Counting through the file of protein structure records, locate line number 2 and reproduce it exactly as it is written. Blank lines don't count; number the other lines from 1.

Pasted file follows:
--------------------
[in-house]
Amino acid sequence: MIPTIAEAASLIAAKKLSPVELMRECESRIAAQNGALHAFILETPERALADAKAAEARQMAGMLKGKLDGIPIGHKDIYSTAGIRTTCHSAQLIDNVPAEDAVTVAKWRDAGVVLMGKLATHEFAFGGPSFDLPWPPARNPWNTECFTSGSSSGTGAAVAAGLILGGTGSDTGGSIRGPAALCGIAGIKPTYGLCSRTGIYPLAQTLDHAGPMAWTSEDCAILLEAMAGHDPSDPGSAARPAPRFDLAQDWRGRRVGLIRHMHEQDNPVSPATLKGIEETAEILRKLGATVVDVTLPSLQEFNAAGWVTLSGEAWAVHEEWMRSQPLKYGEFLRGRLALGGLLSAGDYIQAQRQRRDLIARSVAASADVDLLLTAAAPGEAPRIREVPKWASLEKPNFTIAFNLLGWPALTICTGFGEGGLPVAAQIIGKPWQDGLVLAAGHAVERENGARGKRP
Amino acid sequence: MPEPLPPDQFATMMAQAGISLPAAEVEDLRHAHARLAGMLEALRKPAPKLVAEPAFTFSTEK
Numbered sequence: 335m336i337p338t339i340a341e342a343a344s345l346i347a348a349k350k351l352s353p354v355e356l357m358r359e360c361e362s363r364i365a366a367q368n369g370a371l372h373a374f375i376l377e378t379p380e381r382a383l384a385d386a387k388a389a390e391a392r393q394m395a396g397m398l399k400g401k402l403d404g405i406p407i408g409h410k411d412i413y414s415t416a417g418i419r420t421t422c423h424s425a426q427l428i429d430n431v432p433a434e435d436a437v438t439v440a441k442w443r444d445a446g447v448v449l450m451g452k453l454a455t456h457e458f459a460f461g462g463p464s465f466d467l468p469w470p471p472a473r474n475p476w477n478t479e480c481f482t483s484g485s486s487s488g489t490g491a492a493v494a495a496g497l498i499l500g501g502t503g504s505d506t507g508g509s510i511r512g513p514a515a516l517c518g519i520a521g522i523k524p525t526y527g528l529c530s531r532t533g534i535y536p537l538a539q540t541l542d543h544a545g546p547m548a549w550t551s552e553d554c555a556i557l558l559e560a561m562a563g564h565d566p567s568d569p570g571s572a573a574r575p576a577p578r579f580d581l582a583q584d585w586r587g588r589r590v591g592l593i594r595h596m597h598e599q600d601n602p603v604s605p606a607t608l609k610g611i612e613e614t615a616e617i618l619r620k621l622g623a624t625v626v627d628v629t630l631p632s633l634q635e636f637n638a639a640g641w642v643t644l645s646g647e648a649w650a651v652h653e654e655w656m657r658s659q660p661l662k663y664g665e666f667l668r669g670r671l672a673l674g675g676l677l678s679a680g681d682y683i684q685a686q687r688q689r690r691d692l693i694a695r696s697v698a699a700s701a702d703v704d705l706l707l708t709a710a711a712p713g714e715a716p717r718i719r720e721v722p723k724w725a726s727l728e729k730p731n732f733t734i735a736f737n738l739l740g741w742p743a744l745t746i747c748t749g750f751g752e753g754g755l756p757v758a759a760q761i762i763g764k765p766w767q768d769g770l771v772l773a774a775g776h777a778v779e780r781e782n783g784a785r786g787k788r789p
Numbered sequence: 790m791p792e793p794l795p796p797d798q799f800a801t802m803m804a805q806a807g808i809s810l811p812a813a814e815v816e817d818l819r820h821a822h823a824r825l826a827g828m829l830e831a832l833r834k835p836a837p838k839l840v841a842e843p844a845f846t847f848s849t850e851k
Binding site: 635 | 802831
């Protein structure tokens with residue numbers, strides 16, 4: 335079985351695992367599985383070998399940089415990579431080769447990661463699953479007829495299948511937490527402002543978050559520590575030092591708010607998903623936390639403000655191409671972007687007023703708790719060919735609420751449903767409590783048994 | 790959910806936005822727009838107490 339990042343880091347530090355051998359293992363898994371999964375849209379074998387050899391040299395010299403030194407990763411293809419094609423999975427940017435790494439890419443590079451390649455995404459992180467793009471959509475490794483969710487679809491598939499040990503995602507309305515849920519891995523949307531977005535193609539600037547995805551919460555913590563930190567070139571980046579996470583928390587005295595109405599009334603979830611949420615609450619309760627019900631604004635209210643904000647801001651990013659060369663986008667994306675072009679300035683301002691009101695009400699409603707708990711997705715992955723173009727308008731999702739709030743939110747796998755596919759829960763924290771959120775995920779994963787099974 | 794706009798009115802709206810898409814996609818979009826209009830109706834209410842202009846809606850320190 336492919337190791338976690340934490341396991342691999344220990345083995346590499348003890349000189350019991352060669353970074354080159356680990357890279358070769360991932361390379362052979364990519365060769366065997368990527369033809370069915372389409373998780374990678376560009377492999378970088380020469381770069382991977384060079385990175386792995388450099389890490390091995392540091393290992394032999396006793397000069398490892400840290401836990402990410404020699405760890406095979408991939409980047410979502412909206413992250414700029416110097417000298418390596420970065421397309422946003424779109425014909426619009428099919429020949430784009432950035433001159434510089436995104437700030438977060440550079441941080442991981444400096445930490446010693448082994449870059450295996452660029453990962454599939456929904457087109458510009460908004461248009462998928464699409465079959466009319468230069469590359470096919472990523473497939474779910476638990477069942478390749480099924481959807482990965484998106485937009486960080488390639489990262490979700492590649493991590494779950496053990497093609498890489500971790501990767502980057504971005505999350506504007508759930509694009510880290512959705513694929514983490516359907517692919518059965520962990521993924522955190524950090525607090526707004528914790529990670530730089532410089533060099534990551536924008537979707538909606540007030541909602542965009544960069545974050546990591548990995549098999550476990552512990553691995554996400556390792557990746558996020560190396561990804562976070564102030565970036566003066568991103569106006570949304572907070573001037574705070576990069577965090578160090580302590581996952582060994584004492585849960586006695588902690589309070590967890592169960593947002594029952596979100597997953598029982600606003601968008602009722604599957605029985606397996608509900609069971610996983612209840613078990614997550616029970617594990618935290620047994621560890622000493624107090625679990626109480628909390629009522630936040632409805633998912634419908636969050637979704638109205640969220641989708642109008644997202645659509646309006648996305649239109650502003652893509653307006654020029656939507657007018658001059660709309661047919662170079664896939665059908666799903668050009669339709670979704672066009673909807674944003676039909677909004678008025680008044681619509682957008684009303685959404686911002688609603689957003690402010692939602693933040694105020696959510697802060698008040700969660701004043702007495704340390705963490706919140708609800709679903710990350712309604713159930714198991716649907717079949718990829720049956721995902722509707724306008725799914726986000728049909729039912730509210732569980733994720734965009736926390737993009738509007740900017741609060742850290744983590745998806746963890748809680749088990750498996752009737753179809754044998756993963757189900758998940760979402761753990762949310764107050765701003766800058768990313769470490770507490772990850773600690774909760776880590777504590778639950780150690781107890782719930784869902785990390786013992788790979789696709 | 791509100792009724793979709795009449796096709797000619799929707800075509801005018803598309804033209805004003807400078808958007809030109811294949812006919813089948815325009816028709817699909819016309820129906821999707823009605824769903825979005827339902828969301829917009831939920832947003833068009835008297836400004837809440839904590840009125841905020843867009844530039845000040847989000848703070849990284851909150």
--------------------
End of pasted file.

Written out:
Amino acid sequence: MIPTIAEAASLIAAKKLSPVELMRECESRIAAQNGALHAFILETPERALADAKAAEARQMAGMLKGKLDGIPIGHKDIYSTAGIRTTCHSAQLIDNVPAEDAVTVAKWRDAGVVLMGKLATHEFAFGGPSFDLPWPPARNPWNTECFTSGSSSGTGAAVAAGLILGGTGSDTGGSIRGPAALCGIAGIKPTYGLCSRTGIYPLAQTLDHAGPMAWTSEDCAILLEAMAGHDPSDPGSAARPAPRFDLAQDWRGRRVGLIRHMHEQDNPVSPATLKGIEETAEILRKLGATVVDVTLPSLQEFNAAGWVTLSGEAWAVHEEWMRSQPLKYGEFLRGRLALGGLLSAGDYIQAQRQRRDLIARSVAASADVDLLLTAAAPGEAPRIREVPKWASLEKPNFTIAFNLLGWPALTICTGFGEGGLPVAAQIIGKPWQDGLVLAAGHAVERENGARGKRP